All the things you can do to help end family separations at the border

Keep families together
Keep families together
Image: REUTERS / Patrick T. Fallon
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If you are among the two-thirds of Americans who disapprove of the Trump administration’s new “zero-tolerance” policy of separating the children of undocumented immigrants from their parents at the US-Mexico border, you might be wondering what you can do about it.

There’s growing pushback against the policy, both at the grassroots level and among politicians on both sides of the aisle. In this week alone, dozens of prominent Republicans have joined their Democratic colleagues in clamoring for US president Donald Trump to stop the practice. Even if you’re not an elected official, you have a role to play in reversing the separation of thousands of migrant children from their families. Here are a few ways to do that:

Support organizations fighting against the policy

  • The American Civil Liberties Union is seeking a preliminary injunction in California to end the practice of family separations and reunite all families currently in ICE custody.
  • You can sign the ACLU’s petition against family separations, or donate to help fund the organization’s legal efforts.
  • The Texas Civil Rights Project is also litigating family separations: The organization filed an emergency request to the Inter-American Commission on Human Rights on behalf of five parents who were separated from their children in South Texas.
  • You can donate here, or join their Generation Justice advocacy network here.
  • If you speak Spanish, Mam, or K’iche’, and have any sort of legal or paralegal training, you can help take declarations from separated families at the border, in McAllen, Texas. Sign up here.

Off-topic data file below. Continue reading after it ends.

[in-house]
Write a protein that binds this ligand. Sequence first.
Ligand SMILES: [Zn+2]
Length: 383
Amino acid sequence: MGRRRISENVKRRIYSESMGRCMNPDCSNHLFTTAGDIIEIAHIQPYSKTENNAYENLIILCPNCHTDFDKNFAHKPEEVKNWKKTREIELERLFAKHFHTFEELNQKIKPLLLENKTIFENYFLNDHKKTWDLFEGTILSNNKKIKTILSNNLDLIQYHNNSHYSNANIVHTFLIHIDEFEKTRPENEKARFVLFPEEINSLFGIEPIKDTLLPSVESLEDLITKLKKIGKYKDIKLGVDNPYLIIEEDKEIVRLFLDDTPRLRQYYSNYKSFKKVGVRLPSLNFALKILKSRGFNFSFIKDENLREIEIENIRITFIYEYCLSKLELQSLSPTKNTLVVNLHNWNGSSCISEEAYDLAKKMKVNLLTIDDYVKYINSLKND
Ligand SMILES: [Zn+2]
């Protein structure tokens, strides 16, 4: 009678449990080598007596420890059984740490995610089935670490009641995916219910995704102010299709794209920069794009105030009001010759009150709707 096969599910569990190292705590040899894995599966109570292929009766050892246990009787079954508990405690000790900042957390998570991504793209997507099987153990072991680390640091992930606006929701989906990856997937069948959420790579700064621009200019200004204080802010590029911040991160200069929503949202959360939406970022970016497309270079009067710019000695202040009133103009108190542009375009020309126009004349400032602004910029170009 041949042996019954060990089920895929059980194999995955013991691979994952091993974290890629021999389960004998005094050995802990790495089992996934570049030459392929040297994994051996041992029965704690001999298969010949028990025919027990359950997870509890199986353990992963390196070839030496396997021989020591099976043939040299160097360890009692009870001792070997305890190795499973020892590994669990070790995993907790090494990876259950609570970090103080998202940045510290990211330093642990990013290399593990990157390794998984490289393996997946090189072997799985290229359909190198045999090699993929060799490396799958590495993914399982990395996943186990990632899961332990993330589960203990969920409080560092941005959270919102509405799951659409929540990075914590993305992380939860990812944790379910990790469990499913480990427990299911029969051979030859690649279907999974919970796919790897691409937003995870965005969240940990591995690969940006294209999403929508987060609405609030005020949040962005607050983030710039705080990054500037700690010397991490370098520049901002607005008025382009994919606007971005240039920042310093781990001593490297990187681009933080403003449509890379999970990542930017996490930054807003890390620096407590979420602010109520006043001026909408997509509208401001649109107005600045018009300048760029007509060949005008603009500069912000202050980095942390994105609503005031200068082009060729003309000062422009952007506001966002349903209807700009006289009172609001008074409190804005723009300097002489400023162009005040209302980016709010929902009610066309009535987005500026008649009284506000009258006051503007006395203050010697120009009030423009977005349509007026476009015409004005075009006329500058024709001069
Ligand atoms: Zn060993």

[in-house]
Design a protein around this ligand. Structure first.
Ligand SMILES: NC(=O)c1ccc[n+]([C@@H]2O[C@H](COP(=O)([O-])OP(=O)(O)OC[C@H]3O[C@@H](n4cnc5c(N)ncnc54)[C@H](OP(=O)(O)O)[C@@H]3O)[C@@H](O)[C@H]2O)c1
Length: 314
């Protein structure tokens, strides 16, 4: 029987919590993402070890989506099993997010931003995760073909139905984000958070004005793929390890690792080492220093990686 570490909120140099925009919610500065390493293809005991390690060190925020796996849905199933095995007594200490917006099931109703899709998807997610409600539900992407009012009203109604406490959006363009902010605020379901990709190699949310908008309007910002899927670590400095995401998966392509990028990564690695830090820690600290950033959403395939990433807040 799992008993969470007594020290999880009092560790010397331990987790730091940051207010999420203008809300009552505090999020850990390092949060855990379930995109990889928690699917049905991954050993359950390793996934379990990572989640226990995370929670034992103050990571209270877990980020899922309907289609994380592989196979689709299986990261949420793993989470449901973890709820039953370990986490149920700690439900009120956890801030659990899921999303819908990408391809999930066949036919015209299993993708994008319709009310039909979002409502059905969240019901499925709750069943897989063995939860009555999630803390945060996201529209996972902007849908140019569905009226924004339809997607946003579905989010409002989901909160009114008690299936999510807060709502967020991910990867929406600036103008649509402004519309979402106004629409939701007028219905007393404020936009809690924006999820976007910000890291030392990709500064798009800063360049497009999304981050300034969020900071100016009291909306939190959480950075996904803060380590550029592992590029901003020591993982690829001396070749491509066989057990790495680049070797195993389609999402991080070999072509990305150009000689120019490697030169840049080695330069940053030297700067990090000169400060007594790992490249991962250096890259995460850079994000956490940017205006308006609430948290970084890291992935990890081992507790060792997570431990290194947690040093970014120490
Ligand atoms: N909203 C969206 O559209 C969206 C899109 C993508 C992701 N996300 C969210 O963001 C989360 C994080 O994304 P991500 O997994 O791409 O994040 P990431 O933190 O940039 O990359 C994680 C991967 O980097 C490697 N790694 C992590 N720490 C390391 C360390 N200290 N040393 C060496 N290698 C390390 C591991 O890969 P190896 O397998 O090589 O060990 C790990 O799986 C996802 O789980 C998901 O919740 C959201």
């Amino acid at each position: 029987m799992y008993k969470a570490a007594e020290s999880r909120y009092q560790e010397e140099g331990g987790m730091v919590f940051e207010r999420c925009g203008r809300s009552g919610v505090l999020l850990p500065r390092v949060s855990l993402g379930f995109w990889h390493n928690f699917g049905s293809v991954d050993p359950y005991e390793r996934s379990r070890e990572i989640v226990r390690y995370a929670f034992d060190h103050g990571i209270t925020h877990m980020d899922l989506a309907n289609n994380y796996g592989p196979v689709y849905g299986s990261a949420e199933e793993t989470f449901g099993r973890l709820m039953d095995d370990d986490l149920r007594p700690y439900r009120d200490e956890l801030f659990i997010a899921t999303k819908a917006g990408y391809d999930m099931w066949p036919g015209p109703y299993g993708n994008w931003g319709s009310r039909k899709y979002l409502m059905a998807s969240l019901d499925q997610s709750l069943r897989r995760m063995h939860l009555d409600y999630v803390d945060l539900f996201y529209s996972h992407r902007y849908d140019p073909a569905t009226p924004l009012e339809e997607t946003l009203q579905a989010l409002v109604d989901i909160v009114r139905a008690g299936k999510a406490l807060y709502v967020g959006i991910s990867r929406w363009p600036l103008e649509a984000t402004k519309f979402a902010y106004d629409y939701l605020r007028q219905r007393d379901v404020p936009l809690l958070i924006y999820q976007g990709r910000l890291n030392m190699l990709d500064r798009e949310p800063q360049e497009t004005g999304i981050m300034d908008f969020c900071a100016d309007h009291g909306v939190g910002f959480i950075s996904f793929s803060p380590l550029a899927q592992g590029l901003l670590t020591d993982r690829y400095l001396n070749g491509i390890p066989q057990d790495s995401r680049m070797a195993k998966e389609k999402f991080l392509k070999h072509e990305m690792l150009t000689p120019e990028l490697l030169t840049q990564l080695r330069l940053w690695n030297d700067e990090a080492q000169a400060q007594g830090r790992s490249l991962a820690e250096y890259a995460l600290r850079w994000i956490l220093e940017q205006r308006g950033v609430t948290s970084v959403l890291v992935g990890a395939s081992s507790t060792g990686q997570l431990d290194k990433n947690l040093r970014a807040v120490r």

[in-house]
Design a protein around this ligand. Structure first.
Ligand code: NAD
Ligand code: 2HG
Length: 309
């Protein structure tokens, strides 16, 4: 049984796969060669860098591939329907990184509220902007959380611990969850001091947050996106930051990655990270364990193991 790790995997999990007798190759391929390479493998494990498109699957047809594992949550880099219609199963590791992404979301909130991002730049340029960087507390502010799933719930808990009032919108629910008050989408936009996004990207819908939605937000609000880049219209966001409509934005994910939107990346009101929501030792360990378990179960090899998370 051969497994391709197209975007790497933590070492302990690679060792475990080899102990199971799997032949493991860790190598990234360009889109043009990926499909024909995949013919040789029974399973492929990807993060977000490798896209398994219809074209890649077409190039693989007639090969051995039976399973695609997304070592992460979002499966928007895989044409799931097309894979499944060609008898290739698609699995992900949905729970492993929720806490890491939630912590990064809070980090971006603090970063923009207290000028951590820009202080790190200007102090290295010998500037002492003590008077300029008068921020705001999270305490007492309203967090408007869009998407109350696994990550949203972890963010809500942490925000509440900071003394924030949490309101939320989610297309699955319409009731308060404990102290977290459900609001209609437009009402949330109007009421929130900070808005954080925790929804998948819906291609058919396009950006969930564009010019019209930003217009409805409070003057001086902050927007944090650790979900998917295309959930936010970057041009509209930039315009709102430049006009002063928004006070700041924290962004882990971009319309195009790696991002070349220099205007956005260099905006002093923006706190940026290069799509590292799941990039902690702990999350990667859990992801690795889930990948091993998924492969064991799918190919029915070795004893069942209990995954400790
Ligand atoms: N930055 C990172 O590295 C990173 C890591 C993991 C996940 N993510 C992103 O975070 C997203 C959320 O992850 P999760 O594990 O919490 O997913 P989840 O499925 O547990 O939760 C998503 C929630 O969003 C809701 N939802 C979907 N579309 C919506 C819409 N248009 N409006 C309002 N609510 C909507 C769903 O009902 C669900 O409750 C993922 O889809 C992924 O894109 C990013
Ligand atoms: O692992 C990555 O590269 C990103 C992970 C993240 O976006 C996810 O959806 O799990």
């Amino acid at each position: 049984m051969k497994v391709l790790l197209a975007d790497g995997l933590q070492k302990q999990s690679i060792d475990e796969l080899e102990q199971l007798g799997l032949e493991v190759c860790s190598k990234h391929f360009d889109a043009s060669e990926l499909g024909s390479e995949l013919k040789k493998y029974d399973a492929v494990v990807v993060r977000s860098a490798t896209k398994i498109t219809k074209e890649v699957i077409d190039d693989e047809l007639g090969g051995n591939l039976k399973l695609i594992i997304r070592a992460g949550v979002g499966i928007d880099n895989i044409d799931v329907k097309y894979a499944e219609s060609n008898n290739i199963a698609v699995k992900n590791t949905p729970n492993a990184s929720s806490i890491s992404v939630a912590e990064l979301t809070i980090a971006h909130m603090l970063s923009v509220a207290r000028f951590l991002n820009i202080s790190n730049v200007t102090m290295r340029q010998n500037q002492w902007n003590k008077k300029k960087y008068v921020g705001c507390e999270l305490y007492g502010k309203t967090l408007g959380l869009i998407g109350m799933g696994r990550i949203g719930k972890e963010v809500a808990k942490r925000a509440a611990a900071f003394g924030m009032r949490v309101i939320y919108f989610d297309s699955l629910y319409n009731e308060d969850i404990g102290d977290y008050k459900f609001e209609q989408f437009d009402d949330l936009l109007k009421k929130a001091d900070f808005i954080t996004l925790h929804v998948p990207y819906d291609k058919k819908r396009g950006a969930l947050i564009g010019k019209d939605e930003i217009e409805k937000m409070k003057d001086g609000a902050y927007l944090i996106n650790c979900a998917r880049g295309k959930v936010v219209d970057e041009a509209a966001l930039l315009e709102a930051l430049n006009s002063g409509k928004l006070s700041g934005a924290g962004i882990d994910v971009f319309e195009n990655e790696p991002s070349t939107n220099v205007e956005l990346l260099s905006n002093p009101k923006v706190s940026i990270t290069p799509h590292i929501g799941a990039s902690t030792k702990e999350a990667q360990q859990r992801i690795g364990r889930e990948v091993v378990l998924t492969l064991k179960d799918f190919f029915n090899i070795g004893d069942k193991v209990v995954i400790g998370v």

• Kids in Need of Defense (KIND) is one of the leading organizations dedicated to the legal protection of unaccompanied minors who enter the US immigration system alone.
  • You can sign their petition here, or donate here.
  •  The Catholic Charities of Houston are looking for volunteers of all kinds, including babysitters, licensed counselors, shelter volunteers, translators, and mentors.
  • You can fill out their volunteer application here and donate here.
  •  Al Otro Lado, a binational organization that offers legal services to deportees and migrants in Tijuana, Mexico, is soliciting donations and has a specific list outlining how those donations will be used.
  • You can donate here.
  • eBay has set up a fundraiser and has committed to matching funds raised up to $15,000, benefiting three non-profit organizations at the forefront of this issue.
  • You can donate here.
  • Human Rights First is suing the Trump administration for its policy on behalf of asylum-seekers.
  • You can donate here.

More ways to take action

  • Call your senator. If you don’t know who they are, the ACLU can help you place the call.
  • Urge your member of Congress to cosponsor the following legislation:
  • S. 3036 – Keep Families Together Act
  • R. 2572 – Protect Family Values at the Border Act
  • R. 5950/S.2937 – the HELP Separated Children Act
  • R. 2043/S. 2468 – Fair Day in Court for Kids Act of 2018
  • Attend a non-violent protest. The organization Families Belong Together can help you find one near your area.
  • Become a child advocate. The Young Center for Immigrant Children’s Rights can help train you through the process, which involves visiting the child each week, mentoring the child, accompanying the child to court hearings and other important immigration meetings and interviews, and generally advocating for the best interest of the child.
  • Post on social media. You can help raise awareness and take a stand. Families Belong Together even has some handy graphics you can download and post freely.

If you’re an immigration lawyer

The following organizations have pro bono networks or ways for immigration lawyers to volunteer their time and their legal services to immigrants in need: